Lot18 Scores $10M Series B To Scale Flash-Sales Wine Site

Buoyed by wine lovers' thirst for unusual wines at a discount, flash sales wine site Lot18 has exceeded initial milestones and sealed a $10 million Series B round ahead of schedule. New Enterprise Associates led the round, with participation from existing investor FirstMark Capital, which led the Lot18's $3 million Series A round in November. Valuation was not disclosed.The infusion was planned once the six-month-old company hit $1 million in monthly sales--a milestone it reached last month and a full nine months earlier than expected.

6-Month-Old Startup Lot18 Closes $10 Million Series B Round

Last week we told you New York-based startup Lot18 was already doing $1 million+ in sales. Investors seem to be impressed with that figure, because the wine flash sales site just raised a $10 million Series B round. It took two months to round up the cash; investors include NEA Ventures and FirstMark Capital, which led the Series A round.

Syndicated on:
SF Chronicle
Yahoo! Finance,
Going Beta
Equity Helpdesk
Wine Resources

Lot18 Raises $10 Million for Online Wine Sales

New York startup Lot18—which sells wine in limited-time “flash sales”— is only six months old, but it has already raised a Series B round of funding, according to Business Insider. The company raised $10 million from investors including NEA Ventures and FirstMark Capital.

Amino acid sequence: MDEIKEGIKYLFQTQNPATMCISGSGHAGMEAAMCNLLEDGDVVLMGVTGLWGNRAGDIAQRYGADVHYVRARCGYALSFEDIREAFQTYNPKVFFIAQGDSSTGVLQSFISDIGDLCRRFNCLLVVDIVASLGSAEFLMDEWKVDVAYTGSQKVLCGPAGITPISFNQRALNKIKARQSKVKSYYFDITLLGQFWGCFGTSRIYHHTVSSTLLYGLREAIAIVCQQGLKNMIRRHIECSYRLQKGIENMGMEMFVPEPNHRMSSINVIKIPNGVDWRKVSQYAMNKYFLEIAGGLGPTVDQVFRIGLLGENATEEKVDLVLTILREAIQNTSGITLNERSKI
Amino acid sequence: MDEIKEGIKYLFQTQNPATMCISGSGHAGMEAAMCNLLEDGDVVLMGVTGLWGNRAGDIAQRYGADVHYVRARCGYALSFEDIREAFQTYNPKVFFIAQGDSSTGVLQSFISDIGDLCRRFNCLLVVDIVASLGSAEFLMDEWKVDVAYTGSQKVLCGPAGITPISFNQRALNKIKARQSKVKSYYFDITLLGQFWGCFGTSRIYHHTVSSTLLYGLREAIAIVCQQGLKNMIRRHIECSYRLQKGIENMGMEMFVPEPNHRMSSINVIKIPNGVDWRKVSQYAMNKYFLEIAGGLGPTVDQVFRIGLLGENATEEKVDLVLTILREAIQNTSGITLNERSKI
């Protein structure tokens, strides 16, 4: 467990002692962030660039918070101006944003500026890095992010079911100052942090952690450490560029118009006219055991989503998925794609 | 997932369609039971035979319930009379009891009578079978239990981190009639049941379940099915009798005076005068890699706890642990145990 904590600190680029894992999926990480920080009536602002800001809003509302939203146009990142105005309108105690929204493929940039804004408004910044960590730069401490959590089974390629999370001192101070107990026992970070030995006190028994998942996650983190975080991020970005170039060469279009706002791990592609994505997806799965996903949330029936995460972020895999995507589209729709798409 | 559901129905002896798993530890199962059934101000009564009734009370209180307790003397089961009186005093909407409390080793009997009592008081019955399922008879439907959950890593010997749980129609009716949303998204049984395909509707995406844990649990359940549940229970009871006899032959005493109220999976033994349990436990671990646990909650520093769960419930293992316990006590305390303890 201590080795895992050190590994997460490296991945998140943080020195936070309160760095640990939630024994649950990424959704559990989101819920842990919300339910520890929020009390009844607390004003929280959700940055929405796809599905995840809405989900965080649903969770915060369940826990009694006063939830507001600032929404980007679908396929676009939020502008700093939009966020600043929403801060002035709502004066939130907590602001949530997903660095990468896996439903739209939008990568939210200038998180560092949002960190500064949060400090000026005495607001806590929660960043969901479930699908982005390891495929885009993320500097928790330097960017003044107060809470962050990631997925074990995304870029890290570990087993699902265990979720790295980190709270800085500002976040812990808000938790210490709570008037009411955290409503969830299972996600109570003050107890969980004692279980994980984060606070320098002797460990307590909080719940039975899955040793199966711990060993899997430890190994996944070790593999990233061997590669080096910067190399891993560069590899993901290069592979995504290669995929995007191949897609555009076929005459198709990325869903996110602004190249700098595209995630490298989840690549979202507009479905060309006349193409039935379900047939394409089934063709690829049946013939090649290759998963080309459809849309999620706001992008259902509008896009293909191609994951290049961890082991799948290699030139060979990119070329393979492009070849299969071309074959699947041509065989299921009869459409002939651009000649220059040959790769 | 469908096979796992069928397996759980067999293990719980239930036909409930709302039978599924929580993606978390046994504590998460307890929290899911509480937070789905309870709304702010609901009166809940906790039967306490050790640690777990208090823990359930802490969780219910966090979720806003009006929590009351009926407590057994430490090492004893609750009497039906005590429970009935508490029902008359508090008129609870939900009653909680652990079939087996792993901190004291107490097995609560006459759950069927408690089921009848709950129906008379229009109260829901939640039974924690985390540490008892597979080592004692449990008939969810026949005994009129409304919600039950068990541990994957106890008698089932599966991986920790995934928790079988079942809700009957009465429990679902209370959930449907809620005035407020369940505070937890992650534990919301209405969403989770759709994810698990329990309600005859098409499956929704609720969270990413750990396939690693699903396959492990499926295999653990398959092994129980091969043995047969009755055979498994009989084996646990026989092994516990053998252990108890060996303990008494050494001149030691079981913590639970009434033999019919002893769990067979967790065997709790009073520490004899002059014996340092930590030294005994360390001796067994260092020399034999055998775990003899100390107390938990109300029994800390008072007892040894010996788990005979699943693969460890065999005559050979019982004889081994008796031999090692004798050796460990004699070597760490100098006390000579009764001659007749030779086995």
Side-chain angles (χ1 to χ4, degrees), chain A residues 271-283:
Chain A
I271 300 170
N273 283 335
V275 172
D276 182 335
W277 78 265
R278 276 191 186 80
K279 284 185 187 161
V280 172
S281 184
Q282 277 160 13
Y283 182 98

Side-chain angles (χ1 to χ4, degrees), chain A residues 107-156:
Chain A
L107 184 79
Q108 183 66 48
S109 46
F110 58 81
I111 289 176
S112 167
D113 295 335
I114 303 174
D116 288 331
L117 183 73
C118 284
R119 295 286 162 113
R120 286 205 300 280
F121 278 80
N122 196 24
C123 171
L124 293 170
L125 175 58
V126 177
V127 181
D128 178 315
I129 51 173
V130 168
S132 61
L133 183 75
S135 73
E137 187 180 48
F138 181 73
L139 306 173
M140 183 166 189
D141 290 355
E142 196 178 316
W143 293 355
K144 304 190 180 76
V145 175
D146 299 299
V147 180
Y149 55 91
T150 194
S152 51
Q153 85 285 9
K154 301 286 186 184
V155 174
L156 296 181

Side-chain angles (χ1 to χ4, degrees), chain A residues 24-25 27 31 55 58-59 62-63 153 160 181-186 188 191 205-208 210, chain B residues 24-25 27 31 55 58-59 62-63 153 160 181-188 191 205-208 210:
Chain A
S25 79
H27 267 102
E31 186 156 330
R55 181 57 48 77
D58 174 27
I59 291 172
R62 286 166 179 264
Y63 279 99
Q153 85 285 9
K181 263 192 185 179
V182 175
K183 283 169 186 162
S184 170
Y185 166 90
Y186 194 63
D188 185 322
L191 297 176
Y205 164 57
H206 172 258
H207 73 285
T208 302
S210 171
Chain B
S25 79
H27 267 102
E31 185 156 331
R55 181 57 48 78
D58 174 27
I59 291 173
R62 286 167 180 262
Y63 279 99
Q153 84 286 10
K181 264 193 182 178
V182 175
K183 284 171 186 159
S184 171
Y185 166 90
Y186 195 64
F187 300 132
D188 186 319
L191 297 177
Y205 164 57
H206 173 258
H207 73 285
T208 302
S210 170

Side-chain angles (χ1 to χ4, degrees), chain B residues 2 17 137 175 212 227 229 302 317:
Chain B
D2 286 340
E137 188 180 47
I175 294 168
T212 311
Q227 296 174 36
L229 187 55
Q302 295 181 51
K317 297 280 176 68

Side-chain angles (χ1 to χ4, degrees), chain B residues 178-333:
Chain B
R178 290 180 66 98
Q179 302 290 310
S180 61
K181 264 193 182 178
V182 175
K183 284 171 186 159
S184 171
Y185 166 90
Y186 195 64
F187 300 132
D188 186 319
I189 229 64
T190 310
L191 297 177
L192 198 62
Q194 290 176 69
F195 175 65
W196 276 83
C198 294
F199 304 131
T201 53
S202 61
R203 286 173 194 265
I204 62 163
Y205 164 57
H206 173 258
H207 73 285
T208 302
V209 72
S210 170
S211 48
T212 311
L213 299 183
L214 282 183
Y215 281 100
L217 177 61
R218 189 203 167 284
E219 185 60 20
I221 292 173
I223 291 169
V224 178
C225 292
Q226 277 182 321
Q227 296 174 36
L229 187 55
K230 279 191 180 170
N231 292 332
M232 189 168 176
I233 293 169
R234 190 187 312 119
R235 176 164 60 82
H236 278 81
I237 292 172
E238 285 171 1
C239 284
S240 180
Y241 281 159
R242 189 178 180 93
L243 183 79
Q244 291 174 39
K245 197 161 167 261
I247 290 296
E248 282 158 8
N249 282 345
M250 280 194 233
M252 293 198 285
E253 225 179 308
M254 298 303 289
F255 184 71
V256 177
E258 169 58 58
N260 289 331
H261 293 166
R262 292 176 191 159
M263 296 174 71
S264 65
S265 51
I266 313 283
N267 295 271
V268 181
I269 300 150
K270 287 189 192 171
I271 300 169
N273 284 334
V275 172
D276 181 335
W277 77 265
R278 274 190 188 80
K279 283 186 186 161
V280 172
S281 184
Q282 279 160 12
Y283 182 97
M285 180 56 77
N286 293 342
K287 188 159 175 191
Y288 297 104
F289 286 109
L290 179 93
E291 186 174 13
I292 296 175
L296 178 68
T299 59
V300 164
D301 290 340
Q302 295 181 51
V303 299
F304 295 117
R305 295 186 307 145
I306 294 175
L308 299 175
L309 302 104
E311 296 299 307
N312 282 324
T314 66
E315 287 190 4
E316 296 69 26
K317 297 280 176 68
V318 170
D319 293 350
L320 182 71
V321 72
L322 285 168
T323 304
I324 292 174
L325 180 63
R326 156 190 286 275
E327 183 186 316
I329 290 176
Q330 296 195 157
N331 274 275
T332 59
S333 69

Lot18 (Offers Exclusive Deals On Wine) Closes $10 Million Series B Round

Lot18 is a membership by invitation website for wine and epicurean products from coveted producers at attractive discounts. Members have access to some of the finest wines and specialty foods, made available in small quantities at extraordinarily low prices. Lot18 evokes the auction lots of old, where savvy consumers were able to bid on fantastic products at incredible values.

Lot18 Completes $10m Series B financing Staff

Lot18, a New York-based invitation-only site that offers deals (of up to 60%) on premium wines, has completed a $10m Series B financing.

The Growing World Of Wine Flash Sales
The High Low

Luxury clothes, luxury vacations — when it comes to flash sales, why not use them for wine as well?  The site Lot18 does just that — and it’s about to do more, having just raised another $10 million in Series B funding. After launching last November, the company now boasts about 200,000 members, who receive limited-time access to pre-screened producers selling off small batches of wine.